As you can see in the picture above, the threaded neck was not long enought to fasten on the other side. This meant I had to carve out an area from the inside of the wood piece. In the picture below a 10 mm hole for the USB connector has also been drilled. The router attachment came in handy here as well.
Finally I did a lot a sanding of all the pieces, including the lid.
I also added some electrical tape to separate the hand-wiring from the MCU.
Gluing the Mess Together
First, I glued a small piece of wood to close of the hole in the metal plate.
The lid had to be glued together.
I, of course (did not almost forget), to test that the numpad still worked before gluing the frame to it. Testing numpad by connecting it to a computer and verified that all keys still worked using keyboardTester.com. The F13 and up keys were tested at this site.
The switches and the USB was fastnened to the top piece. Hot glue was used for the USB connector.
Then, a final test of the frame. It fit, but not perfectly. Some gaps. Might have appeared because I sanded all the 45 degree surfaces. I probably should have avoided that.
Applied wood glue to all 45 degree angled surfaces. Should have used tape here to avoid glue squeeze out. But forgot, of course.
I noticed that the frame had pretty large gaps after the glue had dried overnight. I made some wood filler by mixed some of the sawdust with glue, and tried to fill in the gaps.
I glued the metal plate to the frame with hot glue.
Coated the frame and lid with hardwax oil. Did that twice.
Securing the Lid
After gluing and coating the frame and lid, the final thing left to do was securing the lid to the bottom of the frame.
I drilled 3mm pilot holes in the lid and down into the frame. Done to prevent wood from cracking, and since the screws are really close to the edge of the lid and the frame.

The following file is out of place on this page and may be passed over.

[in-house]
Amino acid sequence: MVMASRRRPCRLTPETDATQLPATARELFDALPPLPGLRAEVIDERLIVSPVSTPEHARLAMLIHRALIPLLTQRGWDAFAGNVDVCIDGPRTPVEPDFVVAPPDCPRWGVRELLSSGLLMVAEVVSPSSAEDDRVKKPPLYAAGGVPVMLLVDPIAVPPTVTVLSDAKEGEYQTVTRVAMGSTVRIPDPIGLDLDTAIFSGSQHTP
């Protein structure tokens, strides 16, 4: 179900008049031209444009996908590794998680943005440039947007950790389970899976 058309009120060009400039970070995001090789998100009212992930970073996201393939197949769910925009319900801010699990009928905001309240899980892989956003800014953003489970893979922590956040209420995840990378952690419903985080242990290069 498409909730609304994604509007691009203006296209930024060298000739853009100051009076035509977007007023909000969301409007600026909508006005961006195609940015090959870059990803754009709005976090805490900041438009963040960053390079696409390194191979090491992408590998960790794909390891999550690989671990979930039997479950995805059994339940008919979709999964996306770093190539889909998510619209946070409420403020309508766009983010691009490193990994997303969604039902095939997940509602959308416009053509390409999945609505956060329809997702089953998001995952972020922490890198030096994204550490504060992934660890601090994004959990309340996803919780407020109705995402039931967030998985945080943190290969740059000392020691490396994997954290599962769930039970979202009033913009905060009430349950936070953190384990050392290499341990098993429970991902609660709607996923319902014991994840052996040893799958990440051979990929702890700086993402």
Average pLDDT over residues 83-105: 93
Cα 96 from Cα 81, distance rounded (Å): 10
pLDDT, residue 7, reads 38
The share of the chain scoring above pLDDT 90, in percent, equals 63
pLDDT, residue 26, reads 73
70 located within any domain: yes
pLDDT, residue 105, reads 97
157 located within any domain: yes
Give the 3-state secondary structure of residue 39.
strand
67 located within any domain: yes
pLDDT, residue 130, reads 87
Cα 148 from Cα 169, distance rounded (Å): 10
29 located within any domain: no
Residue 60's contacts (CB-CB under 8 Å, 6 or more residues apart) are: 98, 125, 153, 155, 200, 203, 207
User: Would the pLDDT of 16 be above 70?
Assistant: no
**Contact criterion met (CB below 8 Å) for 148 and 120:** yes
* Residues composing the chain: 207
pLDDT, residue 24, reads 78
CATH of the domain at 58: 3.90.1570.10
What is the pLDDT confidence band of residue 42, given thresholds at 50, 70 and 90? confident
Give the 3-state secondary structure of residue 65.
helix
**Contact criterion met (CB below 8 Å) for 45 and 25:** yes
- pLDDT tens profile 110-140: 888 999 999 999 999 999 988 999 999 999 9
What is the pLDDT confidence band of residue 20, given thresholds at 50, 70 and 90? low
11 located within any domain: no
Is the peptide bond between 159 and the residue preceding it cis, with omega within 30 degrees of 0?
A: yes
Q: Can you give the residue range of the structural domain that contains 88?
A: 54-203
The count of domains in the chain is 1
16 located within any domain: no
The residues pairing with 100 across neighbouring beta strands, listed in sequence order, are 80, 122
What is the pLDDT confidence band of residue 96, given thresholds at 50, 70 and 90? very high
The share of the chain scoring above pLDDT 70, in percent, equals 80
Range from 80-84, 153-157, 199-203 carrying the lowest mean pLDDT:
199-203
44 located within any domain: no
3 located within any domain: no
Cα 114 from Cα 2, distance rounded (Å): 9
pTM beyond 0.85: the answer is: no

Furthermore, I had to sand away a bigger diameter around the holes to make the screw heads flush with the lid surface.
Found some adhesive rubber feet lying around, so I applied them to the bottom of the numpad. The device is finished. In it’s final form. The only thing missing now is adding some key caps to it.
The key caps came in the mail a week after. Ordered them from AliExpress.
A short video of the device in action, can be found here.
In conclusion, I would say the numpad is functional. It works. However, there are a lot of things that could have been improved.
First, the software is a bit unfinished. For instance, handling a press-and-hold of a key. I might do that in the future. Or somehow use existing keyboard software ported to Arduino.
The frame is also a bit wide for my taste. Originally, I aimed at an 1 cm wide frame, but had to later adjust since I did not find any oak material with that thickness.
Not sand the angled surfaces, or be more careful when doing that.
Adding a blue led to indicate if the numpad is in USB or Bluetooth mode would have been nice to have.
I could also have removed the switch that switch between USB and Bluetooth. This could have been done with a special numpad key combo that I could include in the software.
Including the tools and material bought to do this project, it is one expensive numpad! However, can’t set a price on having fun. Plus, productivity in Excel will go through the roof with this device!